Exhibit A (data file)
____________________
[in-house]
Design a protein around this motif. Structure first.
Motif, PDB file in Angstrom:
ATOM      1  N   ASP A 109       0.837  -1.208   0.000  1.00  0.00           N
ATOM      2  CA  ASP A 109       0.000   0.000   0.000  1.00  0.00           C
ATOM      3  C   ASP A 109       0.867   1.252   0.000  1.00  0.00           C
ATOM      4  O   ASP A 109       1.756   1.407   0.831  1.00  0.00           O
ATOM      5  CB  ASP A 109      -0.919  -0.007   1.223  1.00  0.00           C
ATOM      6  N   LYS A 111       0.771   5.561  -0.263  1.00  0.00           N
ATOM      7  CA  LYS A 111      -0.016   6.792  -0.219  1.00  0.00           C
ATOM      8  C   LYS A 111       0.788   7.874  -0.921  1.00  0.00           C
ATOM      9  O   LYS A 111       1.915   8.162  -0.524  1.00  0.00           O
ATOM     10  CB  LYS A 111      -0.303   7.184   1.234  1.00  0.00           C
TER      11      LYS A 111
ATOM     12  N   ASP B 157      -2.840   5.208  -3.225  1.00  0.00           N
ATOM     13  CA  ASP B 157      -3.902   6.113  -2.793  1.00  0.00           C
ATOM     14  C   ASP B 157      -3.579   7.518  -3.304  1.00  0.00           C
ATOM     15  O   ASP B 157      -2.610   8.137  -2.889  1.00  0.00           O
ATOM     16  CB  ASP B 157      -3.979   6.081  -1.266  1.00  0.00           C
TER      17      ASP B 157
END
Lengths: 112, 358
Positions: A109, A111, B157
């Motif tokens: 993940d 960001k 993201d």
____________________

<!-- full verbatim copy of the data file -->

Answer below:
[in-house]
Design a protein around this motif. Structure first.
Motif, PDB file in Angstrom:
ATOM      1  N   ASP A 109       0.837  -1.208   0.000  1.00  0.00           N
ATOM      2  CA  ASP A 109       0.000   0.000   0.000  1.00  0.00           C
ATOM      3  C   ASP A 109       0.867   1.252   0.000  1.00  0.00           C
ATOM      4  O   ASP A 109       1.756   1.407   0.831  1.00  0.00           O
ATOM      5  CB  ASP A 109      -0.919  -0.007   1.223  1.00  0.00           C
ATOM      6  N   LYS A 111       0.771   5.561  -0.263  1.00  0.00           N
ATOM      7  CA  LYS A 111      -0.016   6.792  -0.219  1.00  0.00           C
ATOM      8  C   LYS A 111       0.788   7.874  -0.921  1.00  0.00           C
ATOM      9  O   LYS A 111       1.915   8.162  -0.524  1.00  0.00           O
ATOM     10  CB  LYS A 111      -0.303   7.184   1.234  1.00  0.00           C
TER      11      LYS A 111
ATOM     12  N   ASP B 157      -2.840   5.208  -3.225  1.00  0.00           N
ATOM     13  CA  ASP B 157      -3.902   6.113  -2.793  1.00  0.00           C
ATOM     14  C   ASP B 157      -3.579   7.518  -3.304  1.00  0.00           C
ATOM     15  O   ASP B 157      -2.610   8.137  -2.889  1.00  0.00           O
ATOM     16  CB  ASP B 157      -3.979   6.081  -1.266  1.00  0.00           C
TER      17      ASP B 157
END
Lengths: 112, 358
Positions: A109, A111, B157
């Motif tokens: 993940d 960001k 993201d």